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The evolution of Google: 20 years and counting

  • 24 Sep 2018

As the company marks 20 years, it has grown from simply a better way to explore the internet to a search engine so woven into daily life its name has become a verb.

Silicon Valley legend has it that Google founders Sergey Brin and Larry Page offered to sell the company early on for a million dollars or so, but no deal came together. ( Reuters Archive )

Google is marking its 20th anniversary with an event in San Francisco on Monday devoted to the future of online search, and promising a few surprise announcements.

The company has grown, with the passage of time,  from simply a better way to explore the internet to a search engine so woven into daily life its name has become a verb.

It is now part of the most popular and best-performing tech companies in the US called the FAANG (Facebook, Apple Inc, Amazon.com, Netflix and Google) group and was also listed in 2018 as the third largest company in the world in terms of market value at $766.4 billion.

Google was launched in September 1998 by Larry Page and Sergey Brin – two Stanford University students – in a garage rented in the Northern California city of Menlo Park. 

The name is a play on the mathematical term "googol," which refers to the number one followed by 100 zeros. 

Google reportedly ran for a while on computer servers at Stanford, where a version of the search engine had once been tested.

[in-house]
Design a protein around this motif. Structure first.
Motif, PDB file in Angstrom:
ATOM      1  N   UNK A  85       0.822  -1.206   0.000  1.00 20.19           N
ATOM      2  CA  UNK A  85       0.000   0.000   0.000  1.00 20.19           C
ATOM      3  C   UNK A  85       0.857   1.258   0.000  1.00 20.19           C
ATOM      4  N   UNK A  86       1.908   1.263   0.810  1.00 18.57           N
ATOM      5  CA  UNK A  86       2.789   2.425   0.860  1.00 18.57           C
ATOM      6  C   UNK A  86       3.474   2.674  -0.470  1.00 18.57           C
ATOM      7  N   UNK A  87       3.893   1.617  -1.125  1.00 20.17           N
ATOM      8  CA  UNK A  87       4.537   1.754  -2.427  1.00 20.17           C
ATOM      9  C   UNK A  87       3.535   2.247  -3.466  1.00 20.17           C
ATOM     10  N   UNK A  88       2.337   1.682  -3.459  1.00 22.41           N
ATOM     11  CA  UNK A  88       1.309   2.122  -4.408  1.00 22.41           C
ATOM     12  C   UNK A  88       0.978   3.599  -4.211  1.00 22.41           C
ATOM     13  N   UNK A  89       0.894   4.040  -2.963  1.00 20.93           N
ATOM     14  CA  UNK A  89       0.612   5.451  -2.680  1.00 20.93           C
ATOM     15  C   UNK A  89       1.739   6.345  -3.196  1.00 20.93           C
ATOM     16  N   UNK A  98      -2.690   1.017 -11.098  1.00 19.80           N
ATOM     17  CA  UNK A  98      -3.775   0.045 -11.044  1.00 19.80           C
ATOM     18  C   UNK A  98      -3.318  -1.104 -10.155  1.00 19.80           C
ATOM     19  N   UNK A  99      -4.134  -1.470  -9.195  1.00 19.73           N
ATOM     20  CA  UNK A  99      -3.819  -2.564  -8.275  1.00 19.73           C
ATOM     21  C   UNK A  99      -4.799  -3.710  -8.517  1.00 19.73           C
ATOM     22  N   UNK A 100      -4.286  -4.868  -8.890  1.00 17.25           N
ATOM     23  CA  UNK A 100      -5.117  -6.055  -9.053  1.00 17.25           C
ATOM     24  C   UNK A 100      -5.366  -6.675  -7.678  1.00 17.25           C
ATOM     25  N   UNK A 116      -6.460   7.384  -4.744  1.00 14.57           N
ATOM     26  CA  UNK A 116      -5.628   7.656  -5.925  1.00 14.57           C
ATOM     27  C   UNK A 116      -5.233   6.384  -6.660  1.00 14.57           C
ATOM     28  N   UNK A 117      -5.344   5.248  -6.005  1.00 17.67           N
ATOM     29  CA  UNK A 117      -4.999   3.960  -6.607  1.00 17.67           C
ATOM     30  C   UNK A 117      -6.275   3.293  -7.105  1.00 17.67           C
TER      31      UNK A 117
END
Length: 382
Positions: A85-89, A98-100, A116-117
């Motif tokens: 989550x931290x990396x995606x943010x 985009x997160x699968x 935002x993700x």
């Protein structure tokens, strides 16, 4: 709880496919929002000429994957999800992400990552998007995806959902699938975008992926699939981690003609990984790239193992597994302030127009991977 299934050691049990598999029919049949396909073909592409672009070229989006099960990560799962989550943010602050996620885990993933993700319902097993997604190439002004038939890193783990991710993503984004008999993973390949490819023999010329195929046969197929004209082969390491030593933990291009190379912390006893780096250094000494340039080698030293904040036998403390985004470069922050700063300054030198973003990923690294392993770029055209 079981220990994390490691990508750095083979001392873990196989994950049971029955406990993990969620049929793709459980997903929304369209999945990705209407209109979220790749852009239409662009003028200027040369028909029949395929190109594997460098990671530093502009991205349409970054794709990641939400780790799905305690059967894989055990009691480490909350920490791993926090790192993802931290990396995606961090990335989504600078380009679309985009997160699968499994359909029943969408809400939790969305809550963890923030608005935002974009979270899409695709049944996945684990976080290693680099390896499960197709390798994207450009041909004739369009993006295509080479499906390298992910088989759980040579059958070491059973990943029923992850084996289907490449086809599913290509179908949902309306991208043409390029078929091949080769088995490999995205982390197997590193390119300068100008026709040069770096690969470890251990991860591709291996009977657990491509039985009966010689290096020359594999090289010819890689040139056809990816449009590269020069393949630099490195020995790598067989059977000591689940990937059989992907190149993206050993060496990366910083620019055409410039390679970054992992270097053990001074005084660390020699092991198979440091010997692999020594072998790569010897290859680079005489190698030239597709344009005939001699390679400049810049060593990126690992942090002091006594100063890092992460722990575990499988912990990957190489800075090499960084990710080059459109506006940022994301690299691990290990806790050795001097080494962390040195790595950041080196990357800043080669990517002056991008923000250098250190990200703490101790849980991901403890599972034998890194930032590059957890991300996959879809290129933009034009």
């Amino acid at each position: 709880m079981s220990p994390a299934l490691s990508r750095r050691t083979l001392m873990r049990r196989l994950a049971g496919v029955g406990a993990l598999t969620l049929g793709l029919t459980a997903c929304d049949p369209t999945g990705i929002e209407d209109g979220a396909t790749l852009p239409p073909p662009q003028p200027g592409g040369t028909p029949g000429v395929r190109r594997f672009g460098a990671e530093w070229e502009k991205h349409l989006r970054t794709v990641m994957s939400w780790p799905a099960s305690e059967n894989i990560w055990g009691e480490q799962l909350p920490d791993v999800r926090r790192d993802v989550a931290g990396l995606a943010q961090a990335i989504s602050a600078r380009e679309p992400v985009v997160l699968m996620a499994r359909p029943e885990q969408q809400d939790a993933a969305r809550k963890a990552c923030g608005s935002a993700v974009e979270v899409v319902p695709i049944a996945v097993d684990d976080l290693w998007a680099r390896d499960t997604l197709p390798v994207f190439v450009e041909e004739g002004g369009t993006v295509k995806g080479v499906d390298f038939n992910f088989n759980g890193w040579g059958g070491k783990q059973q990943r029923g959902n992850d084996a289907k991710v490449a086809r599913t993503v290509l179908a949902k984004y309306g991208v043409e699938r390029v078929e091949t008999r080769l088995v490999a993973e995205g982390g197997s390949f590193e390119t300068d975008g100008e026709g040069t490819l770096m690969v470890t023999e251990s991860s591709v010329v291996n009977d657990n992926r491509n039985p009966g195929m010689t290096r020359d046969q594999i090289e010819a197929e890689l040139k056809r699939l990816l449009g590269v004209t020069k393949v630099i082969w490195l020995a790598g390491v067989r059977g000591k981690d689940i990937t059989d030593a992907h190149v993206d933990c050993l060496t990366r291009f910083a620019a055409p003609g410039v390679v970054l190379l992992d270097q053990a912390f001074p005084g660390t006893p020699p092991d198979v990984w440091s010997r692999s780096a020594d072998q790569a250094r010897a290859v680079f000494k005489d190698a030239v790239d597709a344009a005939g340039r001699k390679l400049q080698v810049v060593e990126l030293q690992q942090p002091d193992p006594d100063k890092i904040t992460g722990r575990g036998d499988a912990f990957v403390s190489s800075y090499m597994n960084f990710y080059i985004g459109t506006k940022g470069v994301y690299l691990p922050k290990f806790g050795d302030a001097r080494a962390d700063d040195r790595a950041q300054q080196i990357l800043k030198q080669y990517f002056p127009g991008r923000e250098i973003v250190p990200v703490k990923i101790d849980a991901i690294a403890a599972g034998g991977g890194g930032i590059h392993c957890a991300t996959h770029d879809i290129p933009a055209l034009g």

Here's a look at the evolution of the Google search engine's homepage during the past two decades:

Diversification of services

In August 2004, Google went public on the stock market with shares priced at $85. 

Meanwhile, it bought the 18-month-old YouTube video sharing platform in 2006 in a deal valued at $1.65 billion, which seemed astronomical at the time but has since proven shrewd as entertainment continues to make its move online.

The company hit a revenue mother lode after it developed tools that target online ads based on what users reveal and allow marketers to only pay if people click on their advertising links.

Shares in the multi-billion dollar company are now trading above $1,000.

Over the years, it has launched an array of products including Maps, Gmail, the Chrome internet browser and an Android mobile device operating system that is free to smartphone or tablet makers.

Google also makes premium Pixel smartphones to showcase Android, which dominates the market with handsets made by an array of manufacturers.

The company also began pumping money into an X lab devoted to technology "moon shots" such as internet-linked glasses, self-driving cars, and using high-altitude balloons to provide internet service in remote locations.

Some of those have evolved into companies, such as the Waymo self-driving car unit. But Google has also seen failures, as in the case of the much-maligned Google Glass eyewear.

Also, the Google+ social network, launched to compete with Facebook, has seen little meaningful traction.

In October 2015, corporate restructuring saw the creation of parent company Alphabet, making subsidiaries of Google, Waymo, health sciences unit Verily and other properties.

Google is also now a major player in artificial intelligence with its digital assistant infused into smart speakers and more. Its AI rivals include Amazon, Apple and Microsoft.

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